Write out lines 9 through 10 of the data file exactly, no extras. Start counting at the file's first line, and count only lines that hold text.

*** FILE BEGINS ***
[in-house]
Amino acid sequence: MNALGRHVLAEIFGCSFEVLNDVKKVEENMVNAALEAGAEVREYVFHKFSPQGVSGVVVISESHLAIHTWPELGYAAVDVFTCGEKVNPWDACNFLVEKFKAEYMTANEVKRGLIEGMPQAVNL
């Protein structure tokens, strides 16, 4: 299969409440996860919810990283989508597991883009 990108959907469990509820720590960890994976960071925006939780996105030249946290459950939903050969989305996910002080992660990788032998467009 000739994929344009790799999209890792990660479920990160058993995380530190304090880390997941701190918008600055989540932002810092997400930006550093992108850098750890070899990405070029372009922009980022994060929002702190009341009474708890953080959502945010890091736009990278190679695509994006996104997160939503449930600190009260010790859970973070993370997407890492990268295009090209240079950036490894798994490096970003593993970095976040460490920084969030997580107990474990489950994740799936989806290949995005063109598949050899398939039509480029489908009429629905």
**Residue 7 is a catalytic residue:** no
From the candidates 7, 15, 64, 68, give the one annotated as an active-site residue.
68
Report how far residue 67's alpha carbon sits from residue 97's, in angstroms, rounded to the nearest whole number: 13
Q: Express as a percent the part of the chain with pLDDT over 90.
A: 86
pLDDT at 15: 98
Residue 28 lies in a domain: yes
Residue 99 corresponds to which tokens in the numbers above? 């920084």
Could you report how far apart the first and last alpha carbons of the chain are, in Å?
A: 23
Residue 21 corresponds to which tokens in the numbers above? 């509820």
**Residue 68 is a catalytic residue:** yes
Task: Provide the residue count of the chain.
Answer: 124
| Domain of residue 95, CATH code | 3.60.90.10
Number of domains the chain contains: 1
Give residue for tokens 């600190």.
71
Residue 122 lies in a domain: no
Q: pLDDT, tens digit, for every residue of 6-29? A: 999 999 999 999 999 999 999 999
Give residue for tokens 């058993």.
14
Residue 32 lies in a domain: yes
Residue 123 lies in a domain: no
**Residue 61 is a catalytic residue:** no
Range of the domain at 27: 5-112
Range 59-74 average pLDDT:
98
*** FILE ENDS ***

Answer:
A: 86
pLDDT at 15: 98